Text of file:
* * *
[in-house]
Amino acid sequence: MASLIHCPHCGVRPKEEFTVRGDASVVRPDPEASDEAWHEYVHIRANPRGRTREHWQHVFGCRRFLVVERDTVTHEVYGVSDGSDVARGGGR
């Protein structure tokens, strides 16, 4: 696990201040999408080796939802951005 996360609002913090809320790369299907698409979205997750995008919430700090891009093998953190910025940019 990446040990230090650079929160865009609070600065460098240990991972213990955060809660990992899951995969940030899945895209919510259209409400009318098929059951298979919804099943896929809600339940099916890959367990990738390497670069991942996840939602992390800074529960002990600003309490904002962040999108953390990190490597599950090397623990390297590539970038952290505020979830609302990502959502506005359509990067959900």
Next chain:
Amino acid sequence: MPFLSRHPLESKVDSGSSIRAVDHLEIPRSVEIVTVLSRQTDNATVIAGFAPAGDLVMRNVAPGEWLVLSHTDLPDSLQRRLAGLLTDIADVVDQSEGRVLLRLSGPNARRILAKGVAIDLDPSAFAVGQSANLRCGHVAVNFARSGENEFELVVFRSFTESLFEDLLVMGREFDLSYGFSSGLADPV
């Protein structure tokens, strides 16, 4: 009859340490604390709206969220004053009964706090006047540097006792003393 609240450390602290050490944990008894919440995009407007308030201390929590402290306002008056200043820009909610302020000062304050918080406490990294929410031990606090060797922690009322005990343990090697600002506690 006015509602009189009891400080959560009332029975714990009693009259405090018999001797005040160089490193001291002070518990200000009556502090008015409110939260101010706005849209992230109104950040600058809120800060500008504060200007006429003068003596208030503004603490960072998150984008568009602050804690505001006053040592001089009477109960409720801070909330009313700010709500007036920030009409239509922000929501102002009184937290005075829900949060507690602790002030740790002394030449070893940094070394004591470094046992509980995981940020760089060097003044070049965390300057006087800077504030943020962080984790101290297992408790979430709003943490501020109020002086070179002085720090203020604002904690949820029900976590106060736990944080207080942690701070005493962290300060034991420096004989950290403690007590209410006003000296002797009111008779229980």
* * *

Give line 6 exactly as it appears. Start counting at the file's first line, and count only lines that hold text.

């Protein structure tokens, strides 16, 4: 009859340490604390709206969220004053009964706090006047540097006792003393 609240450390602290050490944990008894919440995009407007308030201390929590402290306002008056200043820009909610302020000062304050918080406490990294929410031990606090060797922690009322005990343990090697600002506690 006015509602009189009891400080959560009332029975714990009693009259405090018999001797005040160089490193001291002070518990200000009556502090008015409110939260101010706005849209992230109104950040600058809120800060500008504060200007006429003068003596208030503004603490960072998150984008568009602050804690505001006053040592001089009477109960409720801070909330009313700010709500007036920030009409239509922000929501102002009184937290005075829900949060507690602790002030740790002394030449070893940094070394004591470094046992509980995981940020760089060097003044070049965390300057006087800077504030943020962080984790101290297992408790979430709003943490501020109020002086070179002085720090203020604002904690949820029900976590106060736990944080207080942690701070005493962290300060034991420096004989950290403690007590209410006003000296002797009111008779229980």